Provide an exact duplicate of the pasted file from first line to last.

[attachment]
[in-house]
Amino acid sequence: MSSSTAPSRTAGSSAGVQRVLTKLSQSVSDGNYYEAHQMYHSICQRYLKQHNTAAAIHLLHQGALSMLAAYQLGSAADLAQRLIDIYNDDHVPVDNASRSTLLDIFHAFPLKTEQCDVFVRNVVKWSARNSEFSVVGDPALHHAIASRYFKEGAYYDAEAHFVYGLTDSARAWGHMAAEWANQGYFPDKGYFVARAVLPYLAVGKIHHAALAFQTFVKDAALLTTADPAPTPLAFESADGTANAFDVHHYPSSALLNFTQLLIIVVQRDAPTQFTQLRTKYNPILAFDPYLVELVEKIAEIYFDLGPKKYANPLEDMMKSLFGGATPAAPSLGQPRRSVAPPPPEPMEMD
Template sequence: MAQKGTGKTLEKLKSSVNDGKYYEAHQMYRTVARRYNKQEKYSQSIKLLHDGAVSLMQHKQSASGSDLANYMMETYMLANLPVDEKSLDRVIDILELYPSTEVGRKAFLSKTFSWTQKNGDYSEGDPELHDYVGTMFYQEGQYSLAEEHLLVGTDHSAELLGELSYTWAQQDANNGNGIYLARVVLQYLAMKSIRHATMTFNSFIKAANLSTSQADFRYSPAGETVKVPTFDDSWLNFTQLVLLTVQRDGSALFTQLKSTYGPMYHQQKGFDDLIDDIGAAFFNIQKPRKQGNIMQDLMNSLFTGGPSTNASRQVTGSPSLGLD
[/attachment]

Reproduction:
[in-house]
Amino acid sequence: MSSSTAPSRTAGSSAGVQRVLTKLSQSVSDGNYYEAHQMYHSICQRYLKQHNTAAAIHLLHQGALSMLAAYQLGSAADLAQRLIDIYNDDHVPVDNASRSTLLDIFHAFPLKTEQCDVFVRNVVKWSARNSEFSVVGDPALHHAIASRYFKEGAYYDAEAHFVYGLTDSARAWGHMAAEWANQGYFPDKGYFVARAVLPYLAVGKIHHAALAFQTFVKDAALLTTADPAPTPLAFESADGTANAFDVHHYPSSALLNFTQLLIIVVQRDAPTQFTQLRTKYNPILAFDPYLVELVEKIAEIYFDLGPKKYANPLEDMMKSLFGGATPAAPSLGQPRRSVAPPPPEPMEMD
Template sequence: MAQKGTGKTLEKLKSSVNDGKYYEAHQMYRTVARRYNKQEKYSQSIKLLHDGAVSLMQHKQSASGSDLANYMMETYMLANLPVDEKSLDRVIDILELYPSTEVGRKAFLSKTFSWTQKNGDYSEGDPELHDYVGTMFYQEGQYSLAEEHLLVGTDHSAELLGELSYTWAQQDANNGNGIYLARVVLQYLAMKSIRHATMTFNSFIKAANLSTSQADFRYSPAGETVKVPTFDDSWLNFTQLVLLTVQRDGSALFTQLKSTYGPMYHQQKGFDDLIDDIGAAFFNIQKPRKQGNIMQDLMNSLFTGGPSTNASRQVTGSPSLGLD